Feeling Floaty

I don’t know how I’ve managed to get to the ripe old age of 44 without ever trying yoga – especially as I was humiliated as a child by a school gym report saying I had a ‘weak but flexible body’ which my family thought was hilarious and has never been forgotten and I thought was a bit unnecessary, frankly (and who gives six-year-olds gym reports anyway?). I suppose when I was growing up yoga was still a bit alternative and hippyish, and by the time it had become just another reason to go shopping for accessories I had taken up pilates which seemed to involve similar amounts of bendy-stretchiness without having to embrace a whole eastern philosophy. But as time has worn on and I’ve failed to do anything about booking myself a pilates class up here (there are waiting lists), yoga has started to look more appealing. Apart from anything else, I am now a bit alternative and hippyish myself, and suddenly the whole meditative aspect (if not the actual philosophy) is becoming a plus rather than a minus in my mind. So when a friend suggested I join her at her gentle, beginners, and (most importantly) pay-as-you-go yoga class, just as my neck and shoulders were giving me gyp, I decided to take it as a sign and see how it went.

I was a bit nervous that I’d make some horrible faux pas or just be hopeless but fortunately a welcoming teacher and the aforementioned weak but still mostly quite flexible body meant I managed okay, especially as doing a mid-week morning class means I’m the youngest in the room, although it would help if my glasses didn’t keep falling off. And – combined with the fact that I have finally managed to get my bike serviced (it’s been even harder than getting a GP appointment, frankly) – the ride home has been lovely and fluid with me and the bike both moving like well-oiled machines. To keep this going, I’ve been promising myself I will stretch out, yoga fashion, after every ride (cycling is brilliant for you in so many ways, but it does tend to tighten up the hamstrings) and keep the bike a bit cleaner and the chain lubricated. Let’s see how long either of those resolutions last…


10 Responses to Feeling Floaty

  1. velovoiceblogspot says:

    As another 40-something female cyclists who was described as a child (and as an adult, actually) as “weak but flexible” —

    Well done! And, glad you feel better.

  2. disgruntled says:

    Oh I’m glad it wasn’t just me…

  3. CJ says:

    A gym report – what horror! I tried yoga for a while. I used to fall asleep at the end of the session when we were supposed to be in a state of alert relaxation.

  4. John Gibson says:

    Good for you. So you found it easier to ride home after the yoga did you?

  5. Jenny says:

    Ha – glad yoga is working for you. Somehow although I’m cut out for leisure cycling, I cannot cope with yoga (last time I did it I got a fit of the giggles at the ‘lion roar’ stage), and pilates – which was attempted only last year, and I almost needed carrying out to my car afterwards. I went to see if it eased sciatica but something I did. . . ah well.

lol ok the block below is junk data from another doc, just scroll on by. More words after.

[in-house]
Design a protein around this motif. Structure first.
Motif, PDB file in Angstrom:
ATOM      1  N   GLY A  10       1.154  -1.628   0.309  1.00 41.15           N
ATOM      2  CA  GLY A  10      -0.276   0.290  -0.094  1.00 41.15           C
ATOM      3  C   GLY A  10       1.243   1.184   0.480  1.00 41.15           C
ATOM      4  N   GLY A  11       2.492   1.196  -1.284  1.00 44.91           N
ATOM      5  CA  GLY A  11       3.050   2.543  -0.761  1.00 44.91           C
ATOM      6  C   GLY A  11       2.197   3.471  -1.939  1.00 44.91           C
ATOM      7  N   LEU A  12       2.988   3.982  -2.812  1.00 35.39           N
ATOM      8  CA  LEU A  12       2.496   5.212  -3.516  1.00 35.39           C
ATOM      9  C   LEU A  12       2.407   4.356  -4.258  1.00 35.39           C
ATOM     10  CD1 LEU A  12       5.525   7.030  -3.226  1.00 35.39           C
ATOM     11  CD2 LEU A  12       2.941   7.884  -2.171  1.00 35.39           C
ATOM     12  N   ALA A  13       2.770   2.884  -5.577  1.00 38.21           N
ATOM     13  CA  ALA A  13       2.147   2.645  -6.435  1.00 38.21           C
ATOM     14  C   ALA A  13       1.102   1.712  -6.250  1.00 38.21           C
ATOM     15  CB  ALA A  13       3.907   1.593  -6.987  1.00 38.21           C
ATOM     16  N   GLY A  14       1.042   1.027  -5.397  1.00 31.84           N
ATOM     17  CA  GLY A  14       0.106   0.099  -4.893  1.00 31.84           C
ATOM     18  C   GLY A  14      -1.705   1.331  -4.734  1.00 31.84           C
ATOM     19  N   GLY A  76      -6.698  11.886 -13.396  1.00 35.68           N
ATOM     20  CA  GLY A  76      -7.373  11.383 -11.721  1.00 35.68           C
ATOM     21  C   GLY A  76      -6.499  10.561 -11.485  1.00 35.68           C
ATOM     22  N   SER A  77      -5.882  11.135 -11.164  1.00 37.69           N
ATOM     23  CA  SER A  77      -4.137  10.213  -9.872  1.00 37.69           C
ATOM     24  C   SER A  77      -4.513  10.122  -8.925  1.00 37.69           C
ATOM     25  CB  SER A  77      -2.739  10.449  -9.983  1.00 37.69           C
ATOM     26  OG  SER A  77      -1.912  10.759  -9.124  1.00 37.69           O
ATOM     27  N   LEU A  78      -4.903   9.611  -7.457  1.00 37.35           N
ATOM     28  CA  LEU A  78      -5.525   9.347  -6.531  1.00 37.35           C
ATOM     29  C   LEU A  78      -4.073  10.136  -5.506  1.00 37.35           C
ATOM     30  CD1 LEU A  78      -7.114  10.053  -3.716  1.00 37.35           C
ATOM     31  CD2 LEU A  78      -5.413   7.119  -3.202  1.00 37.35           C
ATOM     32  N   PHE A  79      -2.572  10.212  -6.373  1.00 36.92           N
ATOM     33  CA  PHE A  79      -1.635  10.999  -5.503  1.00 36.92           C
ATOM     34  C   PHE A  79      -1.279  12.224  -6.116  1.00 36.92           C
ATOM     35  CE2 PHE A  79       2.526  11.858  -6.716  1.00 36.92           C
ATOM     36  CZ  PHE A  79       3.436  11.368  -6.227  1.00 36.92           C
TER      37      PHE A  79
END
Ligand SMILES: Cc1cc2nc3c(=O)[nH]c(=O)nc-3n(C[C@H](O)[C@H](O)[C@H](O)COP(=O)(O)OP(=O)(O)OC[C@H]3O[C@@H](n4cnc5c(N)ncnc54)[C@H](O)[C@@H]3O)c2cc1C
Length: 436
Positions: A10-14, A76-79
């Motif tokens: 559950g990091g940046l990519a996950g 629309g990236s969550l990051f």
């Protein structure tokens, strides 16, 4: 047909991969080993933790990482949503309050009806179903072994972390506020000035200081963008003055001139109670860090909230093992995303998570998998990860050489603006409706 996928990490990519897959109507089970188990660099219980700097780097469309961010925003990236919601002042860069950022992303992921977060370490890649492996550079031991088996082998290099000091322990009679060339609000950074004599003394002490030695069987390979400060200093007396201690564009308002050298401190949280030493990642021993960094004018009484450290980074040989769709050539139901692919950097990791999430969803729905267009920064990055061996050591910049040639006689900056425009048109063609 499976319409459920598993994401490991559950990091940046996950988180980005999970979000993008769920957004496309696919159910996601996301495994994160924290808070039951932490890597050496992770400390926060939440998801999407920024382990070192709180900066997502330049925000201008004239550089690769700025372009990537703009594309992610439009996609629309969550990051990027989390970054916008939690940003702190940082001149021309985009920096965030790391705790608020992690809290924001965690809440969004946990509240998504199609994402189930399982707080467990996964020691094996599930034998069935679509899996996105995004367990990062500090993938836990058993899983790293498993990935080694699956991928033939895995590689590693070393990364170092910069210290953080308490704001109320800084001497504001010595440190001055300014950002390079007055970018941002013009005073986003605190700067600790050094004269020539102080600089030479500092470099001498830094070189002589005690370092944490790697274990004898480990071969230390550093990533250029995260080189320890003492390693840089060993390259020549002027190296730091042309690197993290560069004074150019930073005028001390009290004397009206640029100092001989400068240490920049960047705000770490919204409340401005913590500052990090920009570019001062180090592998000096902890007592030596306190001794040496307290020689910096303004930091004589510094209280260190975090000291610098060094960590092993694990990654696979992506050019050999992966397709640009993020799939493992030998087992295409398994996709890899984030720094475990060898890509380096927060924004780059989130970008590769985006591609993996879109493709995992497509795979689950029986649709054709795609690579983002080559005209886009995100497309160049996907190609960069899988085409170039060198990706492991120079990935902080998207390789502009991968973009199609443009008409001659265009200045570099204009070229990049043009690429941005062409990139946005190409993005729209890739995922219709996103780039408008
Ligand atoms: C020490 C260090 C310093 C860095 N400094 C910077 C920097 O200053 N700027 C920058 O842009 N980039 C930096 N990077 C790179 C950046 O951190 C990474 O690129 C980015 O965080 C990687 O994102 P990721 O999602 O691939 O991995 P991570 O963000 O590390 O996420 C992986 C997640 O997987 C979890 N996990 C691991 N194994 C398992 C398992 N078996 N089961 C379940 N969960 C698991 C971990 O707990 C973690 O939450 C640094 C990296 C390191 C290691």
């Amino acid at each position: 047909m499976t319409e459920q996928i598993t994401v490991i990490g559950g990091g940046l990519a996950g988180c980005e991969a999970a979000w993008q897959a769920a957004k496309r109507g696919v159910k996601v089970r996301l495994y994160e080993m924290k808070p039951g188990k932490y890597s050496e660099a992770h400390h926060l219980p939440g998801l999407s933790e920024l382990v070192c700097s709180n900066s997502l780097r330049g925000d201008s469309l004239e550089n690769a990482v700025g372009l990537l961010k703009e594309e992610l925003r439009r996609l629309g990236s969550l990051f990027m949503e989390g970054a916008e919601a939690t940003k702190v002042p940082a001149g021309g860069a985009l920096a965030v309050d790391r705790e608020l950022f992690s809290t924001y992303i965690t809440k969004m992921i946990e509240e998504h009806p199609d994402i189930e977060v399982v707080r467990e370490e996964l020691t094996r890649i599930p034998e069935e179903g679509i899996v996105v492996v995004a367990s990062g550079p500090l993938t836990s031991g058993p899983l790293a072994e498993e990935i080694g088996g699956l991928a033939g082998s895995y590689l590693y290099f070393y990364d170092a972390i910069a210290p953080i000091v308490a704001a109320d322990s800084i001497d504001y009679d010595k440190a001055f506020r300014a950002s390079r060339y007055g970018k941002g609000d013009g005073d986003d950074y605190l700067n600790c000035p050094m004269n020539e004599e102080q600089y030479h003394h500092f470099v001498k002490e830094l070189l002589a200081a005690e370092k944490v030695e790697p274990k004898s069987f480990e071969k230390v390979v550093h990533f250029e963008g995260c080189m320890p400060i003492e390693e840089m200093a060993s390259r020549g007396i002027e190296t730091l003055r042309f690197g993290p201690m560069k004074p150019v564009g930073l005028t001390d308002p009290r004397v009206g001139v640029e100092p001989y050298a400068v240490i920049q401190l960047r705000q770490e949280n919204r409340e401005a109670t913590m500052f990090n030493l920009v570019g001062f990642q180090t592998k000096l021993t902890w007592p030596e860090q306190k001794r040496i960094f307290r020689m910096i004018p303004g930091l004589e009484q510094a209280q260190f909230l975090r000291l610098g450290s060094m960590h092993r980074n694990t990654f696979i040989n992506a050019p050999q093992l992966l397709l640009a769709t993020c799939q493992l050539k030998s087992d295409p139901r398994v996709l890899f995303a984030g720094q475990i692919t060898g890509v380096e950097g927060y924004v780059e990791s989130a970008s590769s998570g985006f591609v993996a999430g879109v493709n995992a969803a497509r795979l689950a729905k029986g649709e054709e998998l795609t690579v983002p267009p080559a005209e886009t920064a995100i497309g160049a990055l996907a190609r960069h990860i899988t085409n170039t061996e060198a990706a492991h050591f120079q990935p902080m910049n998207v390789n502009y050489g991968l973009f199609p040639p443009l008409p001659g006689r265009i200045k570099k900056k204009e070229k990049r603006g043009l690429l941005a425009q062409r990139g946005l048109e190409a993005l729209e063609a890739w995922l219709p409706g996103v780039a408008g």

6. anniebikes says:

    I love yoga, but could live without the meditation part. However, the relaxing stretching seems to alleviate most of my back pain. It’s a gentle way to stretch — something I definitely need.

  7. The Paper Boy says:

    Well my bike has finally been ridden into the ground now… after some 4500km.

    As I said to a workmate last week on having a horrid ride with a lot of chain skipping – “The chain has stretched about 3% (and has a lot of lateral play), the rear gear sprocket has developed gums rather than teeth, pedals are definitely not as they should be (steel ball-bearings in an aluminium alloy ball-race is never going to last with 100kg+ of idiot pumping away at them), front wheel-bearings are loose… but the forks, frame, tyres, saddle and rims are fine”

    Chain & rear sprocket replaced – and it all rides like a dream now…

    Side note: If anyone reading wants a hand removing a Shimano HG fit rear cassette, don’t hesitate to ask (but please ask someone else). Was a sods own job to loosen the lock ring. It lived up to its name alright… you’re trying to hold in the key, in a spanner, whilst simultaneously trying to stop the sprocket turning (by use of a chain whip) – so you need about 4 hands to start with & of course the reason you’re trying to remove it is worn teeth… worn teeth means the chain whip doesn’t grab 100%… and naturally it’s all corroded on (in the end it came off but requiring many cable ties, a hugely extended spanner, a large injection of penetrating oil, a 7lb lump hammer & much swearing).

    Yesterday, I washed the bike thoroughly – it seems I spoke to soon regarding the “items not requiring immediate attention”. I now think I may have some stress cracking around my nipples (why is talking about anything on a bike so laden with innuendo?) on my rear rim.

    No energy here for yoga…

    Does anyone have any hot tips on how to surreptitiously introduce a new bicycle in to the family without “that look” (or possibly violence) from the other half? I appear to have (ahem) accidentally arranged to acquire a ‘new’ recycled bike last week (picking it up Saturday coming…)

  8. disgruntled says:

    haha – seems like it’s horses for courses on yoga then! I have been meditating anyway so don’t find that part anything like as weird as I would have a few years ago
    @Paperboy – you need to get the rest of the family into cycling, basically. I’d be positively delighted if the other half brought a stray bike home

  9. The Paper Boy says:

    More chance of me (or indeed her) being anointed as the next Pope/Archbishop of Canterbury/Representative of the unlikely religious body of your choice….

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